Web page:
Okay, this is not a conversation that is going to take me very far in Spain or Ecuador, but I did it.  I had a (very strange) conversation with a complete stranger that didn’t involve asking for a beer, the bathroom or the check.

And, everyone in the room agreed that I did quite well with only a month of lessons.  I’ll take it!  I was humbled but also rather proud of myself for going so far outside of my comfort zone.  And next week when I go back, I’ll see if I can’t come up with something a little more interesting to talk about.  I listened, I learned, I shared and I had a great time.

And it gets better.   I found another conversation group that includes margaritas and chips and salsa.  I think I’ll check that one out as well.

¡Con mucho gusto!

Nancy

Friday’s Food For Thought – Six people I want to be like when I grow old(er) ~

My granddaughter can’t wait for her 9th birthday.  Why?  Because it’s closer to the magic age of 13. That is apparently when life gets good.  Older is better.  Or so she thinks right now.

Her comment got me thinking.  Isn’t it true that at every age we look to those ahead of us for inspiration.  Maybe like my granddaughter, we think they’re cool.  We want what they’re having.  Perhaps we just want to know their secret to success.  I’ve become obsessed with people in their 70’s, 80’s and 90’s who are still going strong, still grabbing the gusto and still sucking the joy out of every moment.  They are my inspiration and my role models for living juicy in my own golden years.  Hearing their stories makes me sit up a little straighter, eat a little better, try a little harder.   They’re everywhere, these models of aging with grace and gusto.  I’d just never noticed them until now.  Timing is everything.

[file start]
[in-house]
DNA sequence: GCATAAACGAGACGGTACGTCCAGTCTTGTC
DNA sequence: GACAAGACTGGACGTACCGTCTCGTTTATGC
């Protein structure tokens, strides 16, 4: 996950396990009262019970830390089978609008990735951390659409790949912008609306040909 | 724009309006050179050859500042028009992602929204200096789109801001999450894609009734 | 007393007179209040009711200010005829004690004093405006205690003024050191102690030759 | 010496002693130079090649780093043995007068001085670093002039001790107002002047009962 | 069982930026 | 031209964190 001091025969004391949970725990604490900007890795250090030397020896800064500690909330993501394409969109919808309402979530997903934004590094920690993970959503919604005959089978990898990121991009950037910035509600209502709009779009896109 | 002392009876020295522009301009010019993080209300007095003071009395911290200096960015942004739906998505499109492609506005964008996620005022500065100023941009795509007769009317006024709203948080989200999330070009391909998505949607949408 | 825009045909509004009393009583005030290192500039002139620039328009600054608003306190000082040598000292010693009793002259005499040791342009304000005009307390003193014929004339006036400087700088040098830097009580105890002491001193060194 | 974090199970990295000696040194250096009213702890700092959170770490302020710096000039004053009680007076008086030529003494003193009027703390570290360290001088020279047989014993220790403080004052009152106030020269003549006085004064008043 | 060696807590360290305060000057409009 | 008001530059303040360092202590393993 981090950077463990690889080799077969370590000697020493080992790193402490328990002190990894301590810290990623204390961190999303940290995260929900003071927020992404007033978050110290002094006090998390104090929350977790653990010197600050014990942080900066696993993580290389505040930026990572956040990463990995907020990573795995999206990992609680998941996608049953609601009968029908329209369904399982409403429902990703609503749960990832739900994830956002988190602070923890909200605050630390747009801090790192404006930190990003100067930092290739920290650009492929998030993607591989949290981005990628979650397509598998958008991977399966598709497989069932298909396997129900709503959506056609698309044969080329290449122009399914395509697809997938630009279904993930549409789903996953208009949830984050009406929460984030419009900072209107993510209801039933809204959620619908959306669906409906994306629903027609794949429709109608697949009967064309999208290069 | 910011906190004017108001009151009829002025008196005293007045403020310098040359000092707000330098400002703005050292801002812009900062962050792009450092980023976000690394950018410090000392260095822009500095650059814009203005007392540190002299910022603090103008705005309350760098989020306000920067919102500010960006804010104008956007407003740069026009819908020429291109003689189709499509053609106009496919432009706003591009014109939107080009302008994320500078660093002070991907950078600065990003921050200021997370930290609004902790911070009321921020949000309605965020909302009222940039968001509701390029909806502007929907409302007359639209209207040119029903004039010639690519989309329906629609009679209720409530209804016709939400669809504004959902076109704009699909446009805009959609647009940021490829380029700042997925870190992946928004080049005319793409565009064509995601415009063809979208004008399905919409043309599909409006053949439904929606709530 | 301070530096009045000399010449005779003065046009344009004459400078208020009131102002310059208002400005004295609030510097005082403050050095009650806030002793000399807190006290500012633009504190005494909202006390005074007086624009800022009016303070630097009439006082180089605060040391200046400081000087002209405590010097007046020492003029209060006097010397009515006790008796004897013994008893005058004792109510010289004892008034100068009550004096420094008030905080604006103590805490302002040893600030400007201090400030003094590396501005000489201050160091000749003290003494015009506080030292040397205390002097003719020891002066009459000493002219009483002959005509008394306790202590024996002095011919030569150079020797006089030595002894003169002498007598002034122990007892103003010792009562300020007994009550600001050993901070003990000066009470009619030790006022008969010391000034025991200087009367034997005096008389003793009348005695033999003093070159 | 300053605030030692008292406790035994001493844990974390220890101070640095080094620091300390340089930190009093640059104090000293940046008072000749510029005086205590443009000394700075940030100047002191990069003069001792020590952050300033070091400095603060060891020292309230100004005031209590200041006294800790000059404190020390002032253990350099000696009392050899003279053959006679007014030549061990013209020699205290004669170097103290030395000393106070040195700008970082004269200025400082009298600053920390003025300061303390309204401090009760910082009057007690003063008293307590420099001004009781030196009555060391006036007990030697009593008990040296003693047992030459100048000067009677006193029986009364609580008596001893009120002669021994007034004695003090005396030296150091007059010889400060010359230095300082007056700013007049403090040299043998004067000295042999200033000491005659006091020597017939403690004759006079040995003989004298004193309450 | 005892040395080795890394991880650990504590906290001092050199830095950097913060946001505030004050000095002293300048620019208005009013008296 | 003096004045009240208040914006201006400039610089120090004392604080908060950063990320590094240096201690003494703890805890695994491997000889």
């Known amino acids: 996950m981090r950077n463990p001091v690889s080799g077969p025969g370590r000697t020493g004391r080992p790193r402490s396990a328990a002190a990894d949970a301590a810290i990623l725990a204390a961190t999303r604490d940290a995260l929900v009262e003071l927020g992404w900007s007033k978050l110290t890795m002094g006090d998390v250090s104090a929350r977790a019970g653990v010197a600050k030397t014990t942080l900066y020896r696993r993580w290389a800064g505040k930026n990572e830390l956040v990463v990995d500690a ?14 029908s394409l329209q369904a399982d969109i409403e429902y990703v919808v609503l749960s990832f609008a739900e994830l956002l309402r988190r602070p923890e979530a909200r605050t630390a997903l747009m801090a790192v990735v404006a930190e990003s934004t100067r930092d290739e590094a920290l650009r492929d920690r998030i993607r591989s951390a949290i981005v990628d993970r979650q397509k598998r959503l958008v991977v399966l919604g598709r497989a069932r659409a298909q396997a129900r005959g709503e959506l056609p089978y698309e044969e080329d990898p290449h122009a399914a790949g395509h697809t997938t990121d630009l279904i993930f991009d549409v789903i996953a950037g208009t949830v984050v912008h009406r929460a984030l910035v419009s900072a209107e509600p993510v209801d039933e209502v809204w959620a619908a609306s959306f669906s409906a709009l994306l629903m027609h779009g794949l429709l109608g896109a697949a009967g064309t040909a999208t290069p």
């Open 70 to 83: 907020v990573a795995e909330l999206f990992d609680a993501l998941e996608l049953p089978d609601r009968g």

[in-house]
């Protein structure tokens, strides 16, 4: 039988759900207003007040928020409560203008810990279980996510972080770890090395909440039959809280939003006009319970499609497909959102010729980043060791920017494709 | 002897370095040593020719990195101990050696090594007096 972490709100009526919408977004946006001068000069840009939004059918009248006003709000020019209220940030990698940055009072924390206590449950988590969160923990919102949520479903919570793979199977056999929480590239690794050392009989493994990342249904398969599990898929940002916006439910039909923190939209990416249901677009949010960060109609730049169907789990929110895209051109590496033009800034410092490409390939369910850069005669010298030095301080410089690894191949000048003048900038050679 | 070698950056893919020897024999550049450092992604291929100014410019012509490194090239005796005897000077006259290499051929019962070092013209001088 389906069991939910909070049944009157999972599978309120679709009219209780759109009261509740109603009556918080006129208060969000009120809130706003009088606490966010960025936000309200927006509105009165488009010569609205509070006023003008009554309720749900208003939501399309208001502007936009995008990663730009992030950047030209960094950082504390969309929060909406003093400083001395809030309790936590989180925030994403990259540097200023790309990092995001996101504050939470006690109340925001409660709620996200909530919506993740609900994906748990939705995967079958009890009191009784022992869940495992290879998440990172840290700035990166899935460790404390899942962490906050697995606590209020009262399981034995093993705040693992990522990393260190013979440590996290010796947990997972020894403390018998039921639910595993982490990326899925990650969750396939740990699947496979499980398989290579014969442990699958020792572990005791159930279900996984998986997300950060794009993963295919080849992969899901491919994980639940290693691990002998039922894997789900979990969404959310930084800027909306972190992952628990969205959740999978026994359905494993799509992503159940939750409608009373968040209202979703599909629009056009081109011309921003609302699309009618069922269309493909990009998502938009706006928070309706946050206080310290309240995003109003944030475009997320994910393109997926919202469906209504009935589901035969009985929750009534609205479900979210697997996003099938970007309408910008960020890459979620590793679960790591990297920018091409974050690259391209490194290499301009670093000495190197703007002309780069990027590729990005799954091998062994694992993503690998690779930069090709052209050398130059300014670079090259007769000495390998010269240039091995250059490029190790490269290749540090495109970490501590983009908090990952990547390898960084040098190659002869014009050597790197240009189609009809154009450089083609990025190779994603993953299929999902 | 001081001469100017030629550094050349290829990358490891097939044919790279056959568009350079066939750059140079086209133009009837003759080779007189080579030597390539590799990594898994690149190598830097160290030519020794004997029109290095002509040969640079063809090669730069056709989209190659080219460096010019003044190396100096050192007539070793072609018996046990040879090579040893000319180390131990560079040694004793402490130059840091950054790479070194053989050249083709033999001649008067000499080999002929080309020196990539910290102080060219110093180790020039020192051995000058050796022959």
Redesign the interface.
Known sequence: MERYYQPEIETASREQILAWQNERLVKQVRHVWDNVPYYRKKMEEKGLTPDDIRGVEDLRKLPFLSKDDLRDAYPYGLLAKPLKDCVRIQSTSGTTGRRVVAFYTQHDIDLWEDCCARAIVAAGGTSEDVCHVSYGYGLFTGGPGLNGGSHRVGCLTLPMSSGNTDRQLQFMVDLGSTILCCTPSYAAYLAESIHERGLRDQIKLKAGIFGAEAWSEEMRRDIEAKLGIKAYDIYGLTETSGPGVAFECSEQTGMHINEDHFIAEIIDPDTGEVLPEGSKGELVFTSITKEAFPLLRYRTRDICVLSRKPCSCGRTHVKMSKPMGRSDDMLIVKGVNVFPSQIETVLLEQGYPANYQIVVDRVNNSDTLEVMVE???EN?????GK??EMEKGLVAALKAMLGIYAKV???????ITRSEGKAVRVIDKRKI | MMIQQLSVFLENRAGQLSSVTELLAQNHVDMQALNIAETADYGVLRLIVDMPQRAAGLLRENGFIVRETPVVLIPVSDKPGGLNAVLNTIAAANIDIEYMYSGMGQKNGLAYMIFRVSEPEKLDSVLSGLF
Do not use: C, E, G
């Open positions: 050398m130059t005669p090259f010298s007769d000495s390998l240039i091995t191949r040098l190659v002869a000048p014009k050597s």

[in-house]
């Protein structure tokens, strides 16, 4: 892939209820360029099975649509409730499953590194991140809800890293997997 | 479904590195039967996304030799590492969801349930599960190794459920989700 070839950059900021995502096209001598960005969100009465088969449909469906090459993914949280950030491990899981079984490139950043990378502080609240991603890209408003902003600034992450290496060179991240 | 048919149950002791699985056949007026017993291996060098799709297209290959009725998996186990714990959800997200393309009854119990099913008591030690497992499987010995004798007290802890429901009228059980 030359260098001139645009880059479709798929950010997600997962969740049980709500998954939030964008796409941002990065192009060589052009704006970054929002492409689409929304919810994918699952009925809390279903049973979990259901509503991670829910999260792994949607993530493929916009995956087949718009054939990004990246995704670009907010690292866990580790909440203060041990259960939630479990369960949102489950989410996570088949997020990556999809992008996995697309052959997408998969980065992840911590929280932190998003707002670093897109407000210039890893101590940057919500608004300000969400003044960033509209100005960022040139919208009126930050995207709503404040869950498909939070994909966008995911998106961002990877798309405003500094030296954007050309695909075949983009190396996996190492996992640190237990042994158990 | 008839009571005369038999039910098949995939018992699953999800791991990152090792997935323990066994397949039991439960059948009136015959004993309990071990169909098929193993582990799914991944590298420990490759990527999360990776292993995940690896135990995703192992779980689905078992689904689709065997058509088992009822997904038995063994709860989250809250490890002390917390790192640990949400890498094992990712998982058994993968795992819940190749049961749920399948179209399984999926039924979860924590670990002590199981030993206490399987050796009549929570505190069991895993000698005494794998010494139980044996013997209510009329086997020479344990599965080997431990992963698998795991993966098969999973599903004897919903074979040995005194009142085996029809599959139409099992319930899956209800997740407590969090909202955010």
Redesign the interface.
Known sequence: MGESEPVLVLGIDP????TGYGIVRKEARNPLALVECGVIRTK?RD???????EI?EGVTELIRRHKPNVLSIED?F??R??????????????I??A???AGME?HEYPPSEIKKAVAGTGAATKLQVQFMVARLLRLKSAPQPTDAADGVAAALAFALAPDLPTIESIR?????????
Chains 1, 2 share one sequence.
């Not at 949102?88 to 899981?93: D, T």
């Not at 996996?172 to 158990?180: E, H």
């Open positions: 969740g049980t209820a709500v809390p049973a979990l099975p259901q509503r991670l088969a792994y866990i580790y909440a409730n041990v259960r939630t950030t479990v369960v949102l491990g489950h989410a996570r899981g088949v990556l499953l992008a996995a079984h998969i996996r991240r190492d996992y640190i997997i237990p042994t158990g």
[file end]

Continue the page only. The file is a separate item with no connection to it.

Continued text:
Inspiration is close to home and its name is Don.  At 81, he is the human incarnation of the Energizer Bunny.  He owns a vineyard and works the land.  He’s a handsome devil, too.  Last month Don left his wife at home and flew to Africa to check one more adventure off his Bucket List.  Yes, he visited the wineries; but this trip was a three week camping photo-safari.  Sleeping in a tent.  On the ground.  In 100 degree heat.  He (mostly) loved every minute.   One of the highlights?  Bungee jumping in Zimbabwe!  Who wouldn’t get excited about jumping off a very high tower with your feet tied together?  Well…me for one.  And his wife.  But Don just stepped out into the unknown and soared!